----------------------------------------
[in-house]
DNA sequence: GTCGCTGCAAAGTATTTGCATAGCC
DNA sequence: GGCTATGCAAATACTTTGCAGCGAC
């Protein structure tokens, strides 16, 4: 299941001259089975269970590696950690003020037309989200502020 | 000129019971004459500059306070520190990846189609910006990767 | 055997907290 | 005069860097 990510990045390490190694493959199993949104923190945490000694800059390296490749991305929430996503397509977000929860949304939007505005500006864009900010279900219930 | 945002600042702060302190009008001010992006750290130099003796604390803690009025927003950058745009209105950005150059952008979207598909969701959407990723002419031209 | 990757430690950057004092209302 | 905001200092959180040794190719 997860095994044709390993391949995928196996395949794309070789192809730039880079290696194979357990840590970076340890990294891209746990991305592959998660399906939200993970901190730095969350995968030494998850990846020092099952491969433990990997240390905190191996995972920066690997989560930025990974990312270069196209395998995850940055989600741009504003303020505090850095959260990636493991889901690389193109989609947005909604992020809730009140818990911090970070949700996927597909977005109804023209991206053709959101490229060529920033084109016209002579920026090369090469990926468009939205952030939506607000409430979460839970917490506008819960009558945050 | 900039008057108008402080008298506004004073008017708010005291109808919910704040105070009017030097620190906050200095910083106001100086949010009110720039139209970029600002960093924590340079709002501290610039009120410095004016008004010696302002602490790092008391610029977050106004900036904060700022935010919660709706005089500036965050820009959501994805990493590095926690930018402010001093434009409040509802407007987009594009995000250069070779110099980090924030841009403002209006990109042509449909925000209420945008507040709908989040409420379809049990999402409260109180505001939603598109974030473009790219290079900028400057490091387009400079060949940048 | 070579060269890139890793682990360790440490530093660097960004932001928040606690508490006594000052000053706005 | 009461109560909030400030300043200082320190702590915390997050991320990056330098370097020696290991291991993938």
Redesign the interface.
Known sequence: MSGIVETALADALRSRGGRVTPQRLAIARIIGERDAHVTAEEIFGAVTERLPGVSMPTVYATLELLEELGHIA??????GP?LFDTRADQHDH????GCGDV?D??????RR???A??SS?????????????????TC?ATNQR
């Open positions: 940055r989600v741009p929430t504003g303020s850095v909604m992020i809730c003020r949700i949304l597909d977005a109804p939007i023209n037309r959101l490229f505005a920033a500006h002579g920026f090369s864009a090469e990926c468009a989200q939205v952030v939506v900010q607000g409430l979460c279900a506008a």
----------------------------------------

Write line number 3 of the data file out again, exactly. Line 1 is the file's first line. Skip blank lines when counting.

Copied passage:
DNA sequence: GGCTATGCAAATACTTTGCAGCGAC